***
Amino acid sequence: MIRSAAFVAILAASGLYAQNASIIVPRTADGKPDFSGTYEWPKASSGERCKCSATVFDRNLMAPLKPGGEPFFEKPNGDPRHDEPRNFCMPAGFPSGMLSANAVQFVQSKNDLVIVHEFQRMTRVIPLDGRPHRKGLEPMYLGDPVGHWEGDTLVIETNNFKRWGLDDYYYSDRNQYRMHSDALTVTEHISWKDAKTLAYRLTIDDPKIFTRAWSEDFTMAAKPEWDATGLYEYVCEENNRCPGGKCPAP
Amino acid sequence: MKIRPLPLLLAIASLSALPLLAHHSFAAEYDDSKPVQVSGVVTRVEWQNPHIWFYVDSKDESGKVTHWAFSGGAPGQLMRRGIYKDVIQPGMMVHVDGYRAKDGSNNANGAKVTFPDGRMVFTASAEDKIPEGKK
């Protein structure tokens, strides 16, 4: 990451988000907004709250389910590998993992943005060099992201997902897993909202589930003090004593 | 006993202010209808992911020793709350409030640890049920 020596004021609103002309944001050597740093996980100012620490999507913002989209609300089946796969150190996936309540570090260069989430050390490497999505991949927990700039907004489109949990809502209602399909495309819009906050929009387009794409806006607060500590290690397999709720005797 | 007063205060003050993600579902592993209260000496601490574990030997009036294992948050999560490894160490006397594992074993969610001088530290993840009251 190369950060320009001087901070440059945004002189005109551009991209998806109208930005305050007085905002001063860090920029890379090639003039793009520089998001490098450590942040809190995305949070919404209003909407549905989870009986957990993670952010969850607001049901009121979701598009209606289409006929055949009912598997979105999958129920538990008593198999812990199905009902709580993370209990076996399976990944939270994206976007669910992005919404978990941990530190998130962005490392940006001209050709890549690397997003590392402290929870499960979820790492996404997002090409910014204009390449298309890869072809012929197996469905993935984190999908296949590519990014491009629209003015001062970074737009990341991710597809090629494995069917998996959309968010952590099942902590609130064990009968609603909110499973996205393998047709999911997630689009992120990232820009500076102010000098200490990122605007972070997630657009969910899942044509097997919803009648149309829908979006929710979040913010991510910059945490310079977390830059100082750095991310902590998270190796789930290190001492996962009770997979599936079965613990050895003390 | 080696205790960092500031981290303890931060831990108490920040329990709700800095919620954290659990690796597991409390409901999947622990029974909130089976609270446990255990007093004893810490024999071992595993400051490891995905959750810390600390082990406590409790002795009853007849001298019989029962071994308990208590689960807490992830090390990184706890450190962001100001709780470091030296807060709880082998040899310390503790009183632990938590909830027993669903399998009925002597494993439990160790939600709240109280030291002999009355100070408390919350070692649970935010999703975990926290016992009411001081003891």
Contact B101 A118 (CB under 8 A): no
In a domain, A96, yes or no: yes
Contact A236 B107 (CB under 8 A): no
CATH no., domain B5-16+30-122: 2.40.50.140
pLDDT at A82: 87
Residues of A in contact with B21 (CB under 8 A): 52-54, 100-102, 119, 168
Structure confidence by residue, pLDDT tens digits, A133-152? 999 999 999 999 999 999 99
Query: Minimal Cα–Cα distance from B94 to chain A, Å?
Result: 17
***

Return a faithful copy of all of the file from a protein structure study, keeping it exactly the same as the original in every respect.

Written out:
Amino acid sequence: MIRSAAFVAILAASGLYAQNASIIVPRTADGKPDFSGTYEWPKASSGERCKCSATVFDRNLMAPLKPGGEPFFEKPNGDPRHDEPRNFCMPAGFPSGMLSANAVQFVQSKNDLVIVHEFQRMTRVIPLDGRPHRKGLEPMYLGDPVGHWEGDTLVIETNNFKRWGLDDYYYSDRNQYRMHSDALTVTEHISWKDAKTLAYRLTIDDPKIFTRAWSEDFTMAAKPEWDATGLYEYVCEENNRCPGGKCPAP
Amino acid sequence: MKIRPLPLLLAIASLSALPLLAHHSFAAEYDDSKPVQVSGVVTRVEWQNPHIWFYVDSKDESGKVTHWAFSGGAPGQLMRRGIYKDVIQPGMMVHVDGYRAKDGSNNANGAKVTFPDGRMVFTASAEDKIPEGKK
């Protein structure tokens, strides 16, 4: 990451988000907004709250389910590998993992943005060099992201997902897993909202589930003090004593 | 006993202010209808992911020793709350409030640890049920 020596004021609103002309944001050597740093996980100012620490999507913002989209609300089946796969150190996936309540570090260069989430050390490497999505991949927990700039907004489109949990809502209602399909495309819009906050929009387009794409806006607060500590290690397999709720005797 | 007063205060003050993600579902592993209260000496601490574990030997009036294992948050999560490894160490006397594992074993969610001088530290993840009251 190369950060320009001087901070440059945004002189005109551009991209998806109208930005305050007085905002001063860090920029890379090639003039793009520089998001490098450590942040809190995305949070919404209003909407549905989870009986957990993670952010969850607001049901009121979701598009209606289409006929055949009912598997979105999958129920538990008593198999812990199905009902709580993370209990076996399976990944939270994206976007669910992005919404978990941990530190998130962005490392940006001209050709890549690397997003590392402290929870499960979820790492996404997002090409910014204009390449298309890869072809012929197996469905993935984190999908296949590519990014491009629209003015001062970074737009990341991710597809090629494995069917998996959309968010952590099942902590609130064990009968609603909110499973996205393998047709999911997630689009992120990232820009500076102010000098200490990122605007972070997630657009969910899942044509097997919803009648149309829908979006929710979040913010991510910059945490310079977390830059100082750095991310902590998270190796789930290190001492996962009770997979599936079965613990050895003390 | 080696205790960092500031981290303890931060831990108490920040329990709700800095919620954290659990690796597991409390409901999947622990029974909130089976609270446990255990007093004893810490024999071992595993400051490891995905959750810390600390082990406590409790002795009853007849001298019989029962071994308990208590689960807490992830090390990184706890450190962001100001709780470091030296807060709880082998040899310390503790009183632990938590909830027993669903399998009925002597494993439990160790939600709240109280030291002999009355100070408390919350070692649970935010999703975990926290016992009411001081003891």
Contact B101 A118 (CB under 8 A): no
In a domain, A96, yes or no: yes
Contact A236 B107 (CB under 8 A): no
CATH no., domain B5-16+30-122: 2.40.50.140
pLDDT at A82: 87
Residues of A in contact with B21 (CB under 8 A): 52-54, 100-102, 119, 168
Structure confidence by residue, pLDDT tens digits, A133-152? 999 999 999 999 999 999 99
Query: Minimal Cα–Cα distance from B94 to chain A, Å?
Result: 17